It took me ten years to complete the degree. Ever-changing government policies about the DSP didn’t help. At one point, a conservative government insisted ‘if you can study full-time you can work full-time’ (never mind that full-time study required just 15 hours of attendance a week, vastly different from spending 40 hours on my feet as a nurse). I had to study part-time to continue receiving income support.

Later, a Labor government decided that people with disability should be encouraged to study. They gave me an extra $30/week and I changed back to full-time, but then my disease flared. I became very ill, hospitalised for a couple of weeks, and required strong pain medication that affected my ability to think. I dropped out of study.

Third time lucky, I eventually managed to graduate thanks to a few lecturers who believed in my potential and pulled strings to let me try again, and a college counsellor who went above and beyond to help me when I was homeless and barely able to afford the required textbooks.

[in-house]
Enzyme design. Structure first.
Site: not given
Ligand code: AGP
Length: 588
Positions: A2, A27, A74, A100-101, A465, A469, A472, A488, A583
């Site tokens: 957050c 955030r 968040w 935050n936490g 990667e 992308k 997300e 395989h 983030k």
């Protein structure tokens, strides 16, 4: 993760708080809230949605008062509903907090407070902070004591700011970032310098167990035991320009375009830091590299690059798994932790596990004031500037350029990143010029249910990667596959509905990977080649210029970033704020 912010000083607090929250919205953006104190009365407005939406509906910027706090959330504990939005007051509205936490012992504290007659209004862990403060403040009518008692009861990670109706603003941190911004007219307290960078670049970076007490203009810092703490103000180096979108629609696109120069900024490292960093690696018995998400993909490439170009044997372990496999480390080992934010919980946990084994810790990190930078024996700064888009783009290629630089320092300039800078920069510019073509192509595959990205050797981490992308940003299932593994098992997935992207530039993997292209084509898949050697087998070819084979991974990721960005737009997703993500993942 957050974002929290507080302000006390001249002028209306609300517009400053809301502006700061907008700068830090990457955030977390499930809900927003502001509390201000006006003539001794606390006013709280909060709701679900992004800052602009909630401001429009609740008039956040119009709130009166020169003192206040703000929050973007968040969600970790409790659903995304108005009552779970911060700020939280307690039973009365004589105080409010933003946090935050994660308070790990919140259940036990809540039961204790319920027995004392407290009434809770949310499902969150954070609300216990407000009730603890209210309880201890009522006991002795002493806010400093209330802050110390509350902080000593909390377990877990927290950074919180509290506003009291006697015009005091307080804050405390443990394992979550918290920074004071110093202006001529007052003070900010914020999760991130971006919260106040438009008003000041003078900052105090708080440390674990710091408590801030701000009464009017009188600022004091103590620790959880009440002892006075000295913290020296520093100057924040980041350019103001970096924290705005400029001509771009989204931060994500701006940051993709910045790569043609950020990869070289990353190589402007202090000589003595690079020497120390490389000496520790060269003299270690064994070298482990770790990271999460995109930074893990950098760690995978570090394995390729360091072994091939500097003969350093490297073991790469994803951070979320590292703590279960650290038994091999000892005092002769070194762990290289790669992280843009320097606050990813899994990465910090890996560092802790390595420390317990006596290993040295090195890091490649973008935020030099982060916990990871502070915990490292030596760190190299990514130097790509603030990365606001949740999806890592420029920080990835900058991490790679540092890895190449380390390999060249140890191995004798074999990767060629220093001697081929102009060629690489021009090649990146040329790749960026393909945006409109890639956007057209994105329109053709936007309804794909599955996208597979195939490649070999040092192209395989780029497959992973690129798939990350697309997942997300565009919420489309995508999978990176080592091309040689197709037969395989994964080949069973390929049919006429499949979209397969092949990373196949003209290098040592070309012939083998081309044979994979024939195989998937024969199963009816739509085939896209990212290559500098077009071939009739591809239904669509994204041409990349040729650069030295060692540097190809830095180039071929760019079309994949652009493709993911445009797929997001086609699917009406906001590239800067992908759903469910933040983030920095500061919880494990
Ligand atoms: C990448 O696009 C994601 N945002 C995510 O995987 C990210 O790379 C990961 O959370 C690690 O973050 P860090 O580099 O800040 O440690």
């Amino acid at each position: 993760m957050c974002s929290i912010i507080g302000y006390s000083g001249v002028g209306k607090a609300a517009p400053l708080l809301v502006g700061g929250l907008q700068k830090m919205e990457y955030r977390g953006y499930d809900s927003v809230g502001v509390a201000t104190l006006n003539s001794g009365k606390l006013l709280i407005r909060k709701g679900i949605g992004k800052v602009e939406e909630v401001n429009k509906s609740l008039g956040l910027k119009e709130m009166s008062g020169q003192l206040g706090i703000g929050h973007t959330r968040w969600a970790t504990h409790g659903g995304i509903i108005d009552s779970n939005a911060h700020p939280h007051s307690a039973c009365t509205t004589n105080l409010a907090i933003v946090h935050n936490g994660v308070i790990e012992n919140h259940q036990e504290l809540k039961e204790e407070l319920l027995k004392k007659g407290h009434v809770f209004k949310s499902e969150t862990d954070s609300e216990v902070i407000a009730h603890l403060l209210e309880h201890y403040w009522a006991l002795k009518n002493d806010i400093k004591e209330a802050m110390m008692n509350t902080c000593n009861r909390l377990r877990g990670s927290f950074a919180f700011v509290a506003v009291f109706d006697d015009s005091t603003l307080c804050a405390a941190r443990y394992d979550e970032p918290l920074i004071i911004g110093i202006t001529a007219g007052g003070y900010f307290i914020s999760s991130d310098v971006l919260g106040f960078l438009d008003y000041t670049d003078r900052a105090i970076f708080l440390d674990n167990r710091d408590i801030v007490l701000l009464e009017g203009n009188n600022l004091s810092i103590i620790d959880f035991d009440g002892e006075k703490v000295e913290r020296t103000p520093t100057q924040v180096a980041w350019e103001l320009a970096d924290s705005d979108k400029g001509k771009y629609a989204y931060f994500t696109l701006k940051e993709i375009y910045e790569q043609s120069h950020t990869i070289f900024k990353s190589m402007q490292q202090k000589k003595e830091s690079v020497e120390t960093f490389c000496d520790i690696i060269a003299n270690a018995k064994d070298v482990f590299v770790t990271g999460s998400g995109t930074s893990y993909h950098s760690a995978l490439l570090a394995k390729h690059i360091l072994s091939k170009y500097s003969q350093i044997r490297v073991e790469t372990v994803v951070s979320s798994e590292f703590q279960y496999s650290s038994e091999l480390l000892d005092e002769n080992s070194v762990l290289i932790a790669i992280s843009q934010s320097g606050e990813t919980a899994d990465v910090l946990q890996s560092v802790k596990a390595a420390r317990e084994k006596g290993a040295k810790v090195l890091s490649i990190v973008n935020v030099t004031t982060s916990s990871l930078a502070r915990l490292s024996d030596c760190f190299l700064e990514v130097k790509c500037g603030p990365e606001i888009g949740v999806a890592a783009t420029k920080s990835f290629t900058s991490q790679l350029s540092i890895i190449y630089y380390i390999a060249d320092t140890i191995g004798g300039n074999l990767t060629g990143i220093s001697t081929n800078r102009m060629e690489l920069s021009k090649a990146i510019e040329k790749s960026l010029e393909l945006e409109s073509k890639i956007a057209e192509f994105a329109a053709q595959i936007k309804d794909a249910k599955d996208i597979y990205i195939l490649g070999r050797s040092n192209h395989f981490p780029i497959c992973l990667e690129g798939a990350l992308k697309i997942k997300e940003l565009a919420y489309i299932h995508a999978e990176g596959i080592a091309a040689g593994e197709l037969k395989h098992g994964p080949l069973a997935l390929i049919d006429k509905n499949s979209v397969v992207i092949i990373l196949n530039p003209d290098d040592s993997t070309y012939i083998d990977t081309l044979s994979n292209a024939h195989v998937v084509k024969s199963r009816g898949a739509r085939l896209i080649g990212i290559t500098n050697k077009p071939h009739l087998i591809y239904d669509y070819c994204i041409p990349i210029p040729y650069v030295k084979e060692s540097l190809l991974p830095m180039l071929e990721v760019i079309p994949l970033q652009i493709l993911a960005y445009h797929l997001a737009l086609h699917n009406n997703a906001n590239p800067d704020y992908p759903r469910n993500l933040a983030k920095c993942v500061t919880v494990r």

All this time, there was no support for me to find employment. As a disability pensioner, I wasn’t eligible for many employment services. I was still young and wanted to work, to build a career and escape the grinding poverty of life on benefits. With proper supports I could have been earning a living, paying taxes and having a relatively normal life. Frustrated, I once marched into Centrelink and demanded they help me get a job. They sent me to an interview with a provider who sourced intellectually disabled people to work for embarrassingly low wages in a sheltered workshop.

Over the years, I’ve managed to self-generate freelance work (writing, editing, teaching, music, and community arts projects), but the welfare system is depressingly punitive, making it impossible to earn significant money without affecting my pension. It’s been a terrible juggling act, balancing my desire to work with the system’s desire to kick me off the pension if I do – which would deprive me of basic income support when I’m unwell and the health care card that makes my very expensive medications affordable. I often joke that the only real benefit of all my years studying and amassing qualifications is that I have learned the skills to jump through the welfare system’s endless, and endlessly changing, hoops.